My friend and I Morrissey danced around my living room until we were out of breath. We looked like this:


Today I have listened to the record probably about fifteen times; getting up to change the side to play the next five songs. It is just so, so perfect.




The opening track is the album title, The Queen Is Dead. This is the best anti-royal protest ever. It's anti a lot of things actually. I think that it is mostly a protest to society and capitalism. The line 'past the pub that saps your body and the Church will snatch your money' followed by 'the queen is dead boys' demonstrates this. 'Talk about precious things, like love and law and poverty' and 'no one talks about castration' I think are saying that there are still taboo topics that shouldn't be taboo because if a band can have an anti-royal song as the title and opening track of their album then we should able to talk about everything. This is a great song to dance to and Morrissey's Mancunian accent comes through when he says 'mother's' and I die of pleasure.




The next song, 'Frankly Mr Shankly' is a lot shorter. Russell Brand, who is good friends with Morrissey, said that one of his friends had sent a resignation email to his boss with the subject of the email 'Frankly Mr Shankly.' One day I want to send someone an email with that subject and be all like 'Frankly Mr Shankly since you asked, you are a flatulent pain in the arse.' My favourite lyric from this track though is 'But sometimes I'd feel more fulfilled, making Christmas cards with the mentally ill.'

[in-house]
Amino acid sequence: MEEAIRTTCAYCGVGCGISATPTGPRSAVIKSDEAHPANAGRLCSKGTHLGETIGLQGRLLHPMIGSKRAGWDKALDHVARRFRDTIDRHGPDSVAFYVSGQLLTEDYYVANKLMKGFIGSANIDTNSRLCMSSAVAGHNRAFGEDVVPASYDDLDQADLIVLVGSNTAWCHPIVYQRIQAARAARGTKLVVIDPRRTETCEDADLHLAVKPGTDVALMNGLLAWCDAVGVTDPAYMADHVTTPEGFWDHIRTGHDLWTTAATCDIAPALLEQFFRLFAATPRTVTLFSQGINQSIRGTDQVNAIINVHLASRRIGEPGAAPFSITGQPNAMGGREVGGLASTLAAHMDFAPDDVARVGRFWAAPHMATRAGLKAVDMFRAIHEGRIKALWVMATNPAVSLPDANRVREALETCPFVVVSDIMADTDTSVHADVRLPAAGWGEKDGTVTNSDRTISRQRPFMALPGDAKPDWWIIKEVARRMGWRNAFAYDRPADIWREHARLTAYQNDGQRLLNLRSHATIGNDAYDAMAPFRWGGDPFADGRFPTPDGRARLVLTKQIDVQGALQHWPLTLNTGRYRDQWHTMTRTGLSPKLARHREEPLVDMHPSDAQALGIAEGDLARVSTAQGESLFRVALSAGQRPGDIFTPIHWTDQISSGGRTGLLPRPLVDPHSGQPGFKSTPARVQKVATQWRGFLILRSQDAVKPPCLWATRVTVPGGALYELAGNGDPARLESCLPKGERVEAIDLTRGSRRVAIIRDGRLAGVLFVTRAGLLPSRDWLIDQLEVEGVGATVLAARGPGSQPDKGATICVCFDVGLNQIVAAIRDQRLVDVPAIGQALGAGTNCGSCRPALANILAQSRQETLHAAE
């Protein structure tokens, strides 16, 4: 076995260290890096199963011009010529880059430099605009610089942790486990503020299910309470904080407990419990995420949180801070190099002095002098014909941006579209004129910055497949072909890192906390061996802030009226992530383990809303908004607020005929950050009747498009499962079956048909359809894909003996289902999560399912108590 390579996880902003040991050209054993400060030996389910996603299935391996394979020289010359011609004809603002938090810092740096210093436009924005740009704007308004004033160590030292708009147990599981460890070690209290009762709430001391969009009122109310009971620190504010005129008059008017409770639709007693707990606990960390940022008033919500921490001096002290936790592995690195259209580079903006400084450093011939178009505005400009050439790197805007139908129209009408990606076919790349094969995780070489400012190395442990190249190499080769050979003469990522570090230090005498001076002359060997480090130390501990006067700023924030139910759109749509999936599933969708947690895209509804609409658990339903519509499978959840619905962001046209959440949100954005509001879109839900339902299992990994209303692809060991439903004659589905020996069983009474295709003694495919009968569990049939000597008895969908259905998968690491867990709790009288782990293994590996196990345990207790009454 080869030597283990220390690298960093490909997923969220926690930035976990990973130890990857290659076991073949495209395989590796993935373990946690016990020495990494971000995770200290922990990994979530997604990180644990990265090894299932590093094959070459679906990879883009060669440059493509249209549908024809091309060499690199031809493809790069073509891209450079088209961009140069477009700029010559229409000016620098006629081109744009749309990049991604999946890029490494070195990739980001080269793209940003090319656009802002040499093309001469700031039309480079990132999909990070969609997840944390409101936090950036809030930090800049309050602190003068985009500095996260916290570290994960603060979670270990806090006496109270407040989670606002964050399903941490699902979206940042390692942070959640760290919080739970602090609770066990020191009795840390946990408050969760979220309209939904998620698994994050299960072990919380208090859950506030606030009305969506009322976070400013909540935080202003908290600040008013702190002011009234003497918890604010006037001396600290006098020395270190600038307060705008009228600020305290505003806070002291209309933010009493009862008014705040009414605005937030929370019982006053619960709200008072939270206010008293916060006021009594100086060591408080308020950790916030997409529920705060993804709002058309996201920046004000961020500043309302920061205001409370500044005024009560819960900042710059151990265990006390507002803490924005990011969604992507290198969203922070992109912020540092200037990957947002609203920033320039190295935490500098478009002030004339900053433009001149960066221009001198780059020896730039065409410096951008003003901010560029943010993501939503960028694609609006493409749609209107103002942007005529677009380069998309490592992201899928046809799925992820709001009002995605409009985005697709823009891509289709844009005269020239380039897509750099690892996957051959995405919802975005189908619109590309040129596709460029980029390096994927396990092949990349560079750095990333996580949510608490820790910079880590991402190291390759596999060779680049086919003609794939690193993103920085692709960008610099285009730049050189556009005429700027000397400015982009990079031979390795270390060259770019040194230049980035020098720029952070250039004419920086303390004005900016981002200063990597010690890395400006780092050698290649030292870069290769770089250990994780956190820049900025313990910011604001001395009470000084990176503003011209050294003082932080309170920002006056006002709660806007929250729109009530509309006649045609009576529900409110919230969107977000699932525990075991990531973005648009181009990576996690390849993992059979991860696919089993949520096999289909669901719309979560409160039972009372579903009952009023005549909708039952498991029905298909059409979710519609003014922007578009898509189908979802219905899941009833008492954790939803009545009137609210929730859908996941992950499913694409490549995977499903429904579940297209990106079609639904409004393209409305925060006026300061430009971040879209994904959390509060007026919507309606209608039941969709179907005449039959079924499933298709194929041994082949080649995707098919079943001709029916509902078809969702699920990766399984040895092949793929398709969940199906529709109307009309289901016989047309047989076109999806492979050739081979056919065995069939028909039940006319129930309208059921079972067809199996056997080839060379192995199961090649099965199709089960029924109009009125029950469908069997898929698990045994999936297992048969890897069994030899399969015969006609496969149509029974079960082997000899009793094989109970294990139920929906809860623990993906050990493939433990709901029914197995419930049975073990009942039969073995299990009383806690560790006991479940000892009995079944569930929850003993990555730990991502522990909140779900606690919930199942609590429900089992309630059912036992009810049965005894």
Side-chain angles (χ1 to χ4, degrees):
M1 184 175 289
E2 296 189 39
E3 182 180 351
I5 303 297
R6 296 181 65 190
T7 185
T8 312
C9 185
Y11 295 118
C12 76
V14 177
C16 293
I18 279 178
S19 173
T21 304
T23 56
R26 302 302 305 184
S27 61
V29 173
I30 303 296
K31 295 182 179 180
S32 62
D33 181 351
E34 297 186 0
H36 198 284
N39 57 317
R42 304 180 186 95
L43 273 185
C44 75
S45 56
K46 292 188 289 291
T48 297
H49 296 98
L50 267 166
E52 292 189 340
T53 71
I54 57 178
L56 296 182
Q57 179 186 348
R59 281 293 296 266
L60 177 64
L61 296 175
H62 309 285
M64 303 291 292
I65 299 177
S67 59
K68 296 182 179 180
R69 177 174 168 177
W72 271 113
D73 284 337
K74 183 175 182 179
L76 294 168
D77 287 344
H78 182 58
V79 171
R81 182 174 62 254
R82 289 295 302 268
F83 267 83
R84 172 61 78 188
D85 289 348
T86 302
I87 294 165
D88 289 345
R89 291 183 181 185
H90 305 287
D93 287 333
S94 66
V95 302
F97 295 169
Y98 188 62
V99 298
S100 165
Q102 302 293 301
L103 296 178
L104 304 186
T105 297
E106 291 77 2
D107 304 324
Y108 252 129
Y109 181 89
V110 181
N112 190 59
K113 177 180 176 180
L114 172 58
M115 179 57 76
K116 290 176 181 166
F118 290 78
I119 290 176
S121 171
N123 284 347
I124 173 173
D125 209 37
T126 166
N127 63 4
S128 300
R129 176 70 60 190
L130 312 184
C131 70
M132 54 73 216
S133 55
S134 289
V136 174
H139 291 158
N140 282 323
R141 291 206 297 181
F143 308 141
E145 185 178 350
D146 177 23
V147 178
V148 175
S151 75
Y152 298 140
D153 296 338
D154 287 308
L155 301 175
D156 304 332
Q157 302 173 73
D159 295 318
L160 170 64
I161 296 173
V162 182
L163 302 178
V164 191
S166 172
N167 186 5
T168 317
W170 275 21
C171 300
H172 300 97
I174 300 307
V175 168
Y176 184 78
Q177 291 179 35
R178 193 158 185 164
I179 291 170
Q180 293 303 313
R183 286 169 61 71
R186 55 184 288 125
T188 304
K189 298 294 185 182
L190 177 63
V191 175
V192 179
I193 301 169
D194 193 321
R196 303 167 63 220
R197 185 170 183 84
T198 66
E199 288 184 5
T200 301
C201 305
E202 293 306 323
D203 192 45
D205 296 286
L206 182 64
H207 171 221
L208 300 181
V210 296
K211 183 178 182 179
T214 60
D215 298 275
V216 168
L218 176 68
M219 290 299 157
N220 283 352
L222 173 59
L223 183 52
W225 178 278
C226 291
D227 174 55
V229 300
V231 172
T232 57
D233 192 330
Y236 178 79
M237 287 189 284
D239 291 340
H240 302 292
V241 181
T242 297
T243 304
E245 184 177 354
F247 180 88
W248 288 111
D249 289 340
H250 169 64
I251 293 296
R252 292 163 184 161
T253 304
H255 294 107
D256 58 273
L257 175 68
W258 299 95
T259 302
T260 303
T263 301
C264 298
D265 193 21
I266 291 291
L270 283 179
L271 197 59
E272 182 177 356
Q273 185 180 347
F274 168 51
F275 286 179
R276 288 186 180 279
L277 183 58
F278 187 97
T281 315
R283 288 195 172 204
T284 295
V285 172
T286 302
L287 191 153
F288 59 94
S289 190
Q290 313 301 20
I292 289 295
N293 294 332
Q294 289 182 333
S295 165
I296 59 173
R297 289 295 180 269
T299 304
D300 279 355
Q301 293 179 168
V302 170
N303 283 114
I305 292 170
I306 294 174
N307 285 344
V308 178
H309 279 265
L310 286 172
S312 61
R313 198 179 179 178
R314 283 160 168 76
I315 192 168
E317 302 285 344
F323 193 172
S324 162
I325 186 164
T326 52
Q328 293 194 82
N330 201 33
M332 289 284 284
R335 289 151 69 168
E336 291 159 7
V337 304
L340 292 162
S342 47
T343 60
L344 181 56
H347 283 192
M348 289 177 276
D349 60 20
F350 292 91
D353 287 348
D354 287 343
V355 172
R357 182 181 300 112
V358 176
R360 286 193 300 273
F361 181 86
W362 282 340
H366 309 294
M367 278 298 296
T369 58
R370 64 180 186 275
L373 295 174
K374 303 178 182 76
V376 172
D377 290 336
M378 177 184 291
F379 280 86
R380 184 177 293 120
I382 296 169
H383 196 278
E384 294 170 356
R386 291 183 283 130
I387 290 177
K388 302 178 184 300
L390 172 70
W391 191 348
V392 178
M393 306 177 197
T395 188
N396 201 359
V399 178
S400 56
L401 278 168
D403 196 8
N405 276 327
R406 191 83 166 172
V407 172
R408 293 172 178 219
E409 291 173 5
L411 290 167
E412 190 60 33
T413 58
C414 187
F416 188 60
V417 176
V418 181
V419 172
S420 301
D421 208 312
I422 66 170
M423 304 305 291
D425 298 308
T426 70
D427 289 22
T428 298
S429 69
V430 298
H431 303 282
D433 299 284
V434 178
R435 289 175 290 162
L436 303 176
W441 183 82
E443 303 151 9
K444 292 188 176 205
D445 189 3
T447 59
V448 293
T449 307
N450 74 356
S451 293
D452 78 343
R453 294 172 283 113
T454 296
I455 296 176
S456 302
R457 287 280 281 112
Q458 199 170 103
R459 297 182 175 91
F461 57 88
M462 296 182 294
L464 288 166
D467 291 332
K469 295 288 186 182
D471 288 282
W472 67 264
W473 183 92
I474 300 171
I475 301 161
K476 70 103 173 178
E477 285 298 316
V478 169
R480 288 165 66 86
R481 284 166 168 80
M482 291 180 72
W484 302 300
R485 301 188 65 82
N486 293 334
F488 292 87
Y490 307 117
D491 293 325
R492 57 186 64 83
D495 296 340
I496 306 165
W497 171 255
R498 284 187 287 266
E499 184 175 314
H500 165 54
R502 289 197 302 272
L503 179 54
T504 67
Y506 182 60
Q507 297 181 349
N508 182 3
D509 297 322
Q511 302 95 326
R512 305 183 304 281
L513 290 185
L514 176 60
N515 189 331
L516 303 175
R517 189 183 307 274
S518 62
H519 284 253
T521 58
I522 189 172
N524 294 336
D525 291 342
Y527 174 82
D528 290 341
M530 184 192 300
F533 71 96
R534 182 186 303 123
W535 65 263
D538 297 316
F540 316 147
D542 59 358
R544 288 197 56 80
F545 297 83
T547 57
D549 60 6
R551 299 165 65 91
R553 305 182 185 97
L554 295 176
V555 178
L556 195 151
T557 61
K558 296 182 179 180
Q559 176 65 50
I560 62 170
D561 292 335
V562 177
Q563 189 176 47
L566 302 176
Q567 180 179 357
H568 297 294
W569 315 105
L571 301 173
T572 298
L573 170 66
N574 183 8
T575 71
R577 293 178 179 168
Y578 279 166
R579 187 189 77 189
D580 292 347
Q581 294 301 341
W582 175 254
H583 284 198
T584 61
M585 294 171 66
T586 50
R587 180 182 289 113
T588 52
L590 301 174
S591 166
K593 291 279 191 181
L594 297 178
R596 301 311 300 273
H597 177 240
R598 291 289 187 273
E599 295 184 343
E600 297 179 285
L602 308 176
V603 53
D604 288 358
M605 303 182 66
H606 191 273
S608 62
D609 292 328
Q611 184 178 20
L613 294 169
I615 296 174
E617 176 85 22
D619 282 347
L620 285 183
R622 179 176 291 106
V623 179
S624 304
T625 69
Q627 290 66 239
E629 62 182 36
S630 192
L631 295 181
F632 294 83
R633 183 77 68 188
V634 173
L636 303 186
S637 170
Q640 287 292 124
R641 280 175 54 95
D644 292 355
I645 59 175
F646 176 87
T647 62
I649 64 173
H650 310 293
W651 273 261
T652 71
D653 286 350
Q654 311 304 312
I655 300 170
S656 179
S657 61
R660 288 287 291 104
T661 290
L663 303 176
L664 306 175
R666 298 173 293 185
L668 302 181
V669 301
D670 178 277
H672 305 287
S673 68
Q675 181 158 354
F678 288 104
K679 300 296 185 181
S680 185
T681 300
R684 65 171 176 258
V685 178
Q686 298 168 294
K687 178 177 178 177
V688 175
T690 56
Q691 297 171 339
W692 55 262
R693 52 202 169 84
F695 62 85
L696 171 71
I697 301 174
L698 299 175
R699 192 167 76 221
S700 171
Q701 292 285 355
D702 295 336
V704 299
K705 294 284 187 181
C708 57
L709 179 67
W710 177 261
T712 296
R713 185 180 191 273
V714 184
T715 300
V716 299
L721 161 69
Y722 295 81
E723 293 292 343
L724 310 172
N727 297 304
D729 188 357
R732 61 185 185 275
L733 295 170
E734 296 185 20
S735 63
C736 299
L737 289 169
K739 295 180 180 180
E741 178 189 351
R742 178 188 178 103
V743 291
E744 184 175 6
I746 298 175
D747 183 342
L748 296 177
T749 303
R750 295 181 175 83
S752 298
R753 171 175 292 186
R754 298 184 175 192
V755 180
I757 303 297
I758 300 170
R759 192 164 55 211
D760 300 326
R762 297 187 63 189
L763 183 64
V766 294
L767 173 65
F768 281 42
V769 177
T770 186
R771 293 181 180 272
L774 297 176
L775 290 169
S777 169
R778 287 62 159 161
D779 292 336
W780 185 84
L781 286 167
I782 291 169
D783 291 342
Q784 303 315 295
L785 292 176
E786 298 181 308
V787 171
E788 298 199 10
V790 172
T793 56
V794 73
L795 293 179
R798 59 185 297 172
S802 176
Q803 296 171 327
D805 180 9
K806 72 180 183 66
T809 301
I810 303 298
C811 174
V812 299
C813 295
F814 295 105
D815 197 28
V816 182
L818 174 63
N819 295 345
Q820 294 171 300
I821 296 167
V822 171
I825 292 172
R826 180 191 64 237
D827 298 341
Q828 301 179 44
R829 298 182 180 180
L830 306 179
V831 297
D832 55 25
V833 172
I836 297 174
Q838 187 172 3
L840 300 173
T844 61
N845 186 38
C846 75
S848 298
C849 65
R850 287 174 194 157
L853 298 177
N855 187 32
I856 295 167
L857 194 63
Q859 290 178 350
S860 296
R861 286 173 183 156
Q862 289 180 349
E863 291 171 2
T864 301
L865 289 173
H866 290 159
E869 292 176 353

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The third song is 'I Know It's Over.' I hate when people just dismiss Morrissey and The Smiths as 'depressing' because I actually think that they are quite hopeful and the mantra is less 'let's all kill ourselves' but more 'things will get better even if they're really, really bad and lonely at the moment.' However, this song actually makes me feel quite sad. The line 'mother I can feel the soil falling over my head' is hauntingly repeated in a beautiful way throughout the song. I think it is the sound as well as the lyrics that make this track more saddening. It is brilliant though.